As Oscar Wilde nearly said, to lose one character in a violent car accident is unfortunate. To do so twice in a single episode looks like careless driving.
Sleazy Cabinet minister Peter Laurence, played by Hugh Laurie in Roadkill (BBC1), was heading home in his vintage Mercedes to confront his wife about his infidelity, when he ploughed into a deer.
Peter was on his mobile at the time, which apparently meant he couldn’t look at the road.
Sleazy Cabinet minister Peter Laurence, played by Hugh Laurie in Roadkill (BBC1), was heading home in his vintage Mercedes to confront his wife about his infidelity, when he ploughed into a deer
Before cellphones, lazy dramatists had their characters fiddle with the cassette player or the cigarette lighter when they wanted to engineer a crash. The phone lends a modern twist to an old cliche.
When he glanced up, there was a deer, staring at him like . . . well, since we’re doing cliches, like a deer in the headlights.
The writer of Roadkill, Sir David Hare, must be very pleased with his title because just five minutes earlier he wiped out maverick journalist Charmian Pepper (Sarah Greene) by mowing her down with a speeding van on a backstreet in Washington DC. Did Peter engineer her murder?
Fortunately for the plot, moments before her demise, Charmian spilled all her secrets to a stock character, the bloke she barely notices even though he is besotted with her. His name, as if it matters, is Luke.
Now Luke (Danny Ashok) can plunge into an obsessive hunt for The Truth and sacrifice himself for Charmian’s memory. At least, if he has watched House Of Cards and countless other political thrillers, he will know this is what is expected of him.
Roadkill is a disappointment. In its second week, lumpen dialogue squandered Laurie’s charismatic performance as a populist MP.
‘You can get away with anything if you just brazen it out,’ Peter announced, stating the obvious so baldly, even Donald Trump might think the line lacked subtlety.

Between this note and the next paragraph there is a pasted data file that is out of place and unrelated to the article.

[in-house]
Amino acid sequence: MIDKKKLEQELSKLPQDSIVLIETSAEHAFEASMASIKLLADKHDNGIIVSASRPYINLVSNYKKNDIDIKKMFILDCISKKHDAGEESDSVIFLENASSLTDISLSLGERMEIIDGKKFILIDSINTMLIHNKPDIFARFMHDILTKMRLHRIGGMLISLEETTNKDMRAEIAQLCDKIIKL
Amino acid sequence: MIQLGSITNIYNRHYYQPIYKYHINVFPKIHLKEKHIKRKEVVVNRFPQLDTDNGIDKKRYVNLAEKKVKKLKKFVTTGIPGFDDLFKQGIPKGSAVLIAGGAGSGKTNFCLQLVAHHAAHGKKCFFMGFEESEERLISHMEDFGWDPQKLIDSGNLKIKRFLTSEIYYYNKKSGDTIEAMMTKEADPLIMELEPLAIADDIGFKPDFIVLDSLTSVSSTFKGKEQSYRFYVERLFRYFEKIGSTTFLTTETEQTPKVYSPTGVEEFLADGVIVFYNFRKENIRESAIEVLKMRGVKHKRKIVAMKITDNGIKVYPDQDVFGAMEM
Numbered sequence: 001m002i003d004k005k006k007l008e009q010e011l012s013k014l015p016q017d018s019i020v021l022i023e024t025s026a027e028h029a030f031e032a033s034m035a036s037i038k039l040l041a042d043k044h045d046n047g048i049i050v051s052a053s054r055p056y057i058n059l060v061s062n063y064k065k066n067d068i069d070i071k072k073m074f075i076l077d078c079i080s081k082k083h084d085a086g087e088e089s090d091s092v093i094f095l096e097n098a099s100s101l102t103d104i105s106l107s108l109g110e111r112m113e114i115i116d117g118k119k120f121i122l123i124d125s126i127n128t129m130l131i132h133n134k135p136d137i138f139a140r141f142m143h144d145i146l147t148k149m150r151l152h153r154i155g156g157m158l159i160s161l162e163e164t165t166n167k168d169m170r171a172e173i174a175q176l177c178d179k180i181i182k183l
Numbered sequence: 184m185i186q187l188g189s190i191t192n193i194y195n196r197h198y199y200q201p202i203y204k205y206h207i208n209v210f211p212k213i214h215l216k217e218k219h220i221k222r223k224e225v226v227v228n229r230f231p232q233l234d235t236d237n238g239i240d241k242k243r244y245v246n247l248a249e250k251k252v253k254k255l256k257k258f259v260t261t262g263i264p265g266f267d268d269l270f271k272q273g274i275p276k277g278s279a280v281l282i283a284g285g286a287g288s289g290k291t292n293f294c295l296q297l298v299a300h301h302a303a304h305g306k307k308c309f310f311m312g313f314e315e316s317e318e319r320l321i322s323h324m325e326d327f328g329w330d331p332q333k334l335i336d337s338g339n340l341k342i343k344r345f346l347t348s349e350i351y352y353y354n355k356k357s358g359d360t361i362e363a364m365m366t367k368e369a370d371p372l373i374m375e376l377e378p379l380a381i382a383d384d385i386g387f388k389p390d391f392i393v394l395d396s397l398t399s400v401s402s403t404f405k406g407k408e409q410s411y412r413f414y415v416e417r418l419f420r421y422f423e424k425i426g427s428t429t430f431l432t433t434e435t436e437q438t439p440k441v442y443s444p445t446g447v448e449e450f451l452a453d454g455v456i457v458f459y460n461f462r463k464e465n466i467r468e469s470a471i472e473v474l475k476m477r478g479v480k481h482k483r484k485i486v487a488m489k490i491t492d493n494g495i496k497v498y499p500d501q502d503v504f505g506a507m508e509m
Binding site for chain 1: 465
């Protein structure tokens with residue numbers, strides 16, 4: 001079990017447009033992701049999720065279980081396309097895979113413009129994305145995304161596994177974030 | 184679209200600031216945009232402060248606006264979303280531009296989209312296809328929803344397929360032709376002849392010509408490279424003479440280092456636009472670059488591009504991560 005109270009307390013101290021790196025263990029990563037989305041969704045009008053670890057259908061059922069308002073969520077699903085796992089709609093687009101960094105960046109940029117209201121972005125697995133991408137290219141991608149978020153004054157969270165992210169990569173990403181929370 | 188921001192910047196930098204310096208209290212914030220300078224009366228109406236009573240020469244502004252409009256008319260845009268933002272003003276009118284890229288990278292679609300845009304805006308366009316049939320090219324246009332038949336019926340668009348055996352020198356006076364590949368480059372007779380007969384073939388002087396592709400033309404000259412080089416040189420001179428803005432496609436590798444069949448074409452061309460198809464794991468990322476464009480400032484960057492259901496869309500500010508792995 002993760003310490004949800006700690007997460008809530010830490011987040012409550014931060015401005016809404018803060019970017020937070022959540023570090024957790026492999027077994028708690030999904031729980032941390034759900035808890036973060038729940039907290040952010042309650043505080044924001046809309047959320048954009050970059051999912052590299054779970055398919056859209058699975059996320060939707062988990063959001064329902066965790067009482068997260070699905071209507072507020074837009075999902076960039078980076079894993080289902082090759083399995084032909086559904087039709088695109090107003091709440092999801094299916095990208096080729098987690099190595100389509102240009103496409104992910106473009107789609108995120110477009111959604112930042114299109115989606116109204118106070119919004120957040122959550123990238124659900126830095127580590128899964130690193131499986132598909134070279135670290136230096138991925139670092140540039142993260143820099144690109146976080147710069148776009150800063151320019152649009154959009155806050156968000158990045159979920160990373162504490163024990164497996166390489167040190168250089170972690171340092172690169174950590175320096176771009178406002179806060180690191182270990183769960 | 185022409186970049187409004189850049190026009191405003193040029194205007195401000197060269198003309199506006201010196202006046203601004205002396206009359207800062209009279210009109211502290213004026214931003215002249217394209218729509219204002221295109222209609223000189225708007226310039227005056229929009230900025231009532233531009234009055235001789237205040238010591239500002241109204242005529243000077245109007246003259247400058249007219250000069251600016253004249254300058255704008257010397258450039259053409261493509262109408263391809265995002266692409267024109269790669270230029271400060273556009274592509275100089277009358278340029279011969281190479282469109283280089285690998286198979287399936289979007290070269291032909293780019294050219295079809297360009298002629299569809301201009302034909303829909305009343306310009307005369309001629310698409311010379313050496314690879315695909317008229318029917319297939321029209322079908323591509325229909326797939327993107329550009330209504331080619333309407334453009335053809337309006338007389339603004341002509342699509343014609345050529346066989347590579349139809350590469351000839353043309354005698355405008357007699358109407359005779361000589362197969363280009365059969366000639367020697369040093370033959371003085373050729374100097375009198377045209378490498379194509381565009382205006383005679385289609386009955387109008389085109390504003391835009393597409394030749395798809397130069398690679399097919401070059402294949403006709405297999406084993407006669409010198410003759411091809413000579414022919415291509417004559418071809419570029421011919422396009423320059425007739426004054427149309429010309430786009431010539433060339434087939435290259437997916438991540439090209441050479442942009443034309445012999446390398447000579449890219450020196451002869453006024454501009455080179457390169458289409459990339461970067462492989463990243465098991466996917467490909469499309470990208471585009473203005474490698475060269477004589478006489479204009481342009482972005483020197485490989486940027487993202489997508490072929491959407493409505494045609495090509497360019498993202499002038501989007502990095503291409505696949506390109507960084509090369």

His confrontation with prime minister Helen McCrory, which should have been a highlight, turned into an excruciating undergraduate debate about prison reform.
The PM is a flog-em-and-hang-em hardliner, while Peter has improbably discovered his inner Malcolm Muggeridge since learning that the daughter he has never met is in prison.
As they droned on, the camera tilted. Every shot of the PM leaned to the right. Every shot of Peter leaned to the left. It’s a visual metaphor — geddit?
The Danish police drama DNA (BBC4) was just as big a letdown. It stars half the cast from Denmark’s outstanding crime serial The Killing but lacks all the layered cleverness of its predecessor.
Anders Berthelsen is Rolf, a detective so dedicated that, when he couldn’t find a babysitter for his six-month-old daughter, he took her with him on a case.
The Danish police drama DNA (BBC4) was just as big a letdown. It stars half the cast from Denmark’s outstanding crime serial The Killing but lacks all the layered cleverness of its predecessor
This case involved a ferry crossing to Poland in a storm. Naturally, when seasick Rolf nipped into a bathroom to be ill, he left the baby in her pushchair on deck — in a howling gale and lashing rain.
As he explained to his wife later, it was only for a couple of minutes. Why would he bother bringing her inside?
To his astonishment, when he emerged, the pushchair had been blown down a flight of steps and the baby was gone.
Mrs Rolf says their child must have been washed overboard and not to worry, but Rolf feels quite guilty about it. And he has always suspected she was kidnapped.
I prefer to believe that a snatch squad of seagoing social workers grabbed the baby for her own safety. It’s no more unlikely than anything else. Anyway, I have no intention of watching the rest to find out.
Blow-out of the weekend: Peckish after days of chopping logs, the competitors on The Bridge (C4) voted to skip work and have a feast instead. Heaps of chicken, cake and champers arrived. This endurance test looks more like a holiday camp.